HOW CAN 3Fs BE THE CAUSE OF TENSION?
First the covid-19 pandemic, then the Ukraine-Russia war have put the world in a dire situation. food, energy, financial sectors have become unstable due to these events. The impact of everything is now beginning to hit Bangladesh. Economists fear that an economic crisis is approaching soon and the situation is likely to worsen in the coming days.
Many economic indicators have weakened. Energy and electricity crisis has increased. The fear of food crisis is all over the world including Bangladesh. The Prime Minister is also talking about famine. Foreign exchange reserves have fallen by more than $14 billion this year. Exports and expatriate earnings have slowed down. Transaction deficit is now a record amount as foreign exchange earnings are low. However, Minister of State for Planning Shamsul Alam expressed hope about the economic situation. He said there is some kind of pressure in the economy. But there is nothing to panic.
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There is nothing to be disappointed with the levels of economic indicators so far. He further said, “If the electricity supply is regularised, the production system will return to normal. Then inflation will also come under control. With the support from the IMF-World Bank, the dollar crisis will also ease. There is talk of food crisis. But our Aman yield has been good. Preparations are underway to improve the yield of Boro. We are careful about the agricultural production system”.
But the biggest problem of the general people now is inflation. It has increased the cost of living, decreased real income. The fear of global recession is increasing. The International Monetary Fund (IMF) says bad times are yet to come. Global growth will slow further, inflation will increase. Food, energy and financial crises are expected to deepen.
Blockade of Ukrainian ports by Russia’s Black Sea fleet and Western sanctions against Russia have changed the known image of global food exports. The world organizations are warning of food crisis around the world. Bangladesh is also mentioned in the risk of food crisis that the World Food Organization is talking about. According to the World Food Organization, 33 of the 45 countries in the world that need additional food imports in 2023 are from Africa. 9 Asian countries including Bangladesh are also named in that list. There is now enough reason to be worried. Realizing the situation, Prime Minister Sheik Hasina has repeatedly urged the country’s people to be ready for the worst situation if it comes. She emphasized that every inch of the country’s arable land must be used for food production. Because, there is a danger of food crisis and possible famine all over the world. She also called upon the public to stop wasting food and try to produce as much food as possible.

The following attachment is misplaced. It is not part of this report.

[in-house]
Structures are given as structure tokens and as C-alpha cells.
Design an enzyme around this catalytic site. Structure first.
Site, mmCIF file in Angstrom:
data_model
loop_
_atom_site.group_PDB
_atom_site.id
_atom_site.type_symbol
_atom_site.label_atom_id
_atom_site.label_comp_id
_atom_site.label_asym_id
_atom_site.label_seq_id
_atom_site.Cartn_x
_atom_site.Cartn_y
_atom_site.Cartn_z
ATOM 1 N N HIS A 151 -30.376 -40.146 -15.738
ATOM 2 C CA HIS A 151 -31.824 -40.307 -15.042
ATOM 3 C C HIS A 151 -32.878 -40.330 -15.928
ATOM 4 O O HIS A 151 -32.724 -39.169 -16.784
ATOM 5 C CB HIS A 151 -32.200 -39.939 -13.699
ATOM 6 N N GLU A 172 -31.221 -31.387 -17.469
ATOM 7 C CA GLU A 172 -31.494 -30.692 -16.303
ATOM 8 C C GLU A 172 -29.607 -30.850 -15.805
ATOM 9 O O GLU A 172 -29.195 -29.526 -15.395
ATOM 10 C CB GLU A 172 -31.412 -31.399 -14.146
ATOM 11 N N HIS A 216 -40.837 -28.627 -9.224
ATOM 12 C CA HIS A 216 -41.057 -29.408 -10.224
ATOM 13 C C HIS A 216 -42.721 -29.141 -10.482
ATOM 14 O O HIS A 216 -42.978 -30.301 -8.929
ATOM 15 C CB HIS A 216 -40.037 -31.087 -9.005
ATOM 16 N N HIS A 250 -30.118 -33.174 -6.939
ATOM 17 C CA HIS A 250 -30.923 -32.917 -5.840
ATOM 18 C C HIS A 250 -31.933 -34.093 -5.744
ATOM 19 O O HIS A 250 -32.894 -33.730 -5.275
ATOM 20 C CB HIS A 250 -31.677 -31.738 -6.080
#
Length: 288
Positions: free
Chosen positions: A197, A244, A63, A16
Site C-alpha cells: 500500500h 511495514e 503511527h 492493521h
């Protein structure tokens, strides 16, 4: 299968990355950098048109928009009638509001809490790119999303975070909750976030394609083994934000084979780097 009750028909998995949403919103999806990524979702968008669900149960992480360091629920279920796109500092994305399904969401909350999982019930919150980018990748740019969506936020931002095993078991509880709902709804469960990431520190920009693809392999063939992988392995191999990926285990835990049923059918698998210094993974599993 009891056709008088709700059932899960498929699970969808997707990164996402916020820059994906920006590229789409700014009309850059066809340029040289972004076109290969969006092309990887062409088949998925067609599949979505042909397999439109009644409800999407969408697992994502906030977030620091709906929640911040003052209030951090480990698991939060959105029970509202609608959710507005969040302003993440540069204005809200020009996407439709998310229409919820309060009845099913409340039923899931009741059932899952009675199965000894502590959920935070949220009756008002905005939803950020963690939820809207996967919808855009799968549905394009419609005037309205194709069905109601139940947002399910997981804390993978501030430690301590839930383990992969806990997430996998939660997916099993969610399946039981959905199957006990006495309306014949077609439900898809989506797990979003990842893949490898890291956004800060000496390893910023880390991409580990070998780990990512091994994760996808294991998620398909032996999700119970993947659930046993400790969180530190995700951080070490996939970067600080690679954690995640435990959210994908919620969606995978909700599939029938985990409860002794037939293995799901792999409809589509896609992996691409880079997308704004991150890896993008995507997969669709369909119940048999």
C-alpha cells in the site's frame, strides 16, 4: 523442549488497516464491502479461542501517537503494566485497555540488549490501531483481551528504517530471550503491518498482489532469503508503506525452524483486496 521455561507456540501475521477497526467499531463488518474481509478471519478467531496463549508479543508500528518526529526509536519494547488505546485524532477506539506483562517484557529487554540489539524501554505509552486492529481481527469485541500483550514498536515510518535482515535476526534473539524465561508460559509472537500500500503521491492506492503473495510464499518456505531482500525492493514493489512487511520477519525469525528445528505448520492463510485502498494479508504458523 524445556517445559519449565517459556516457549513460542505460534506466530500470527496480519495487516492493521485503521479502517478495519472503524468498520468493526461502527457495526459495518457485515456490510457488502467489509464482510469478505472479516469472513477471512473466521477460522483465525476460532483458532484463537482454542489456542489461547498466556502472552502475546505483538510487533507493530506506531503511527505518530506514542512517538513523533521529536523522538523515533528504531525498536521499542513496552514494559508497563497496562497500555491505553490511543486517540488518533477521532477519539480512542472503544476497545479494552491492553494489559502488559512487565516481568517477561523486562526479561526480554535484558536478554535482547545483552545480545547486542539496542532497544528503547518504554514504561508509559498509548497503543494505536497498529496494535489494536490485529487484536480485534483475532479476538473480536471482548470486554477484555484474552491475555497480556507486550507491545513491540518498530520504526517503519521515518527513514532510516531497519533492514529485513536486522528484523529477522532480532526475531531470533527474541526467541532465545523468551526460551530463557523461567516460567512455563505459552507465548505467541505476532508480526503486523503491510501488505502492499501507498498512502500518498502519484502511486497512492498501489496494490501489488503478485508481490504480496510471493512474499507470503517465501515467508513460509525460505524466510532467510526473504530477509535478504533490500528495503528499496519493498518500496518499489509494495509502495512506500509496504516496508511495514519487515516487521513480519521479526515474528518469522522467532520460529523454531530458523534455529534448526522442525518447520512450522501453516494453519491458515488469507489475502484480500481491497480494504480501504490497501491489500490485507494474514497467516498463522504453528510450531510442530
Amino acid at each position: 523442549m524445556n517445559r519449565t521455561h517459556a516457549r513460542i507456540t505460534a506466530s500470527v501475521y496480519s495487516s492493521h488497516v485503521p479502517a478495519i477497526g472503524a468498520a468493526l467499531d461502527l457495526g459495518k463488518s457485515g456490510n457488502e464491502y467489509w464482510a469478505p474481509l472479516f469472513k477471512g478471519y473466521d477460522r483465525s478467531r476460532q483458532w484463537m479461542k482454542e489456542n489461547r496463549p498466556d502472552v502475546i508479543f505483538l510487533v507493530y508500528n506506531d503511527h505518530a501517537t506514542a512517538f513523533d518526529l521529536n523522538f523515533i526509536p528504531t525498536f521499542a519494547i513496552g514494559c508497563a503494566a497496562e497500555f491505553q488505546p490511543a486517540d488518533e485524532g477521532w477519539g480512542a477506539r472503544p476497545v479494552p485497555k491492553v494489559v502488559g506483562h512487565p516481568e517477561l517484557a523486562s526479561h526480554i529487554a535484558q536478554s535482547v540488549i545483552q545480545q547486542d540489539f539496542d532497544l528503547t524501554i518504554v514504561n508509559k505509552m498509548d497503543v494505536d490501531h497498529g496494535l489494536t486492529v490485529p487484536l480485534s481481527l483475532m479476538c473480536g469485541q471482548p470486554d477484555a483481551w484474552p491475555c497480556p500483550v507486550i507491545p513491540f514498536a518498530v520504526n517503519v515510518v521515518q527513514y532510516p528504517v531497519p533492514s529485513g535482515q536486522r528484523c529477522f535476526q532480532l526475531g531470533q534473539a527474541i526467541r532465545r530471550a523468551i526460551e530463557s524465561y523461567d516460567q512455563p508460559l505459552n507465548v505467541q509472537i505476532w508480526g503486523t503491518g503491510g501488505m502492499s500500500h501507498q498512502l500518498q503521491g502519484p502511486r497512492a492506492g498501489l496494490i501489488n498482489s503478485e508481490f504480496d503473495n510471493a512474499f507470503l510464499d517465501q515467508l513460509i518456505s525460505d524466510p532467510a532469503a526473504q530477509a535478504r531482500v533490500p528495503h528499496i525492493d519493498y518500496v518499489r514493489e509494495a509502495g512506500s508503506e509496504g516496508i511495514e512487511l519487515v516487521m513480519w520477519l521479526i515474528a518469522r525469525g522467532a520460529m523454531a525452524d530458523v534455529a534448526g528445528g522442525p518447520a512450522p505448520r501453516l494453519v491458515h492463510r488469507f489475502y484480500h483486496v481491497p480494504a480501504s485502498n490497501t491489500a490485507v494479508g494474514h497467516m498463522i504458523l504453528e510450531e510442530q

If such a danger comes, how ready Bangladesh is to deal with it, the question is also in the public mind. Despite overcoming the shock of the Corona epidemic, a World Bank recent survey revealed that about 30 percent of the country’s people are facing food shortages. The rice and flour market in Bangladesh has been on the rise for the past few months due to overall inflation. According to the market monitoring cell of the government agency TCB, now the price of flour and flour per kg in the country’s retail market is 50 percent higher than a year ago. The price of rice has also increased by 10 percent compared to a year ago. The government has taken several initiatives but still could not reduce the price of food products.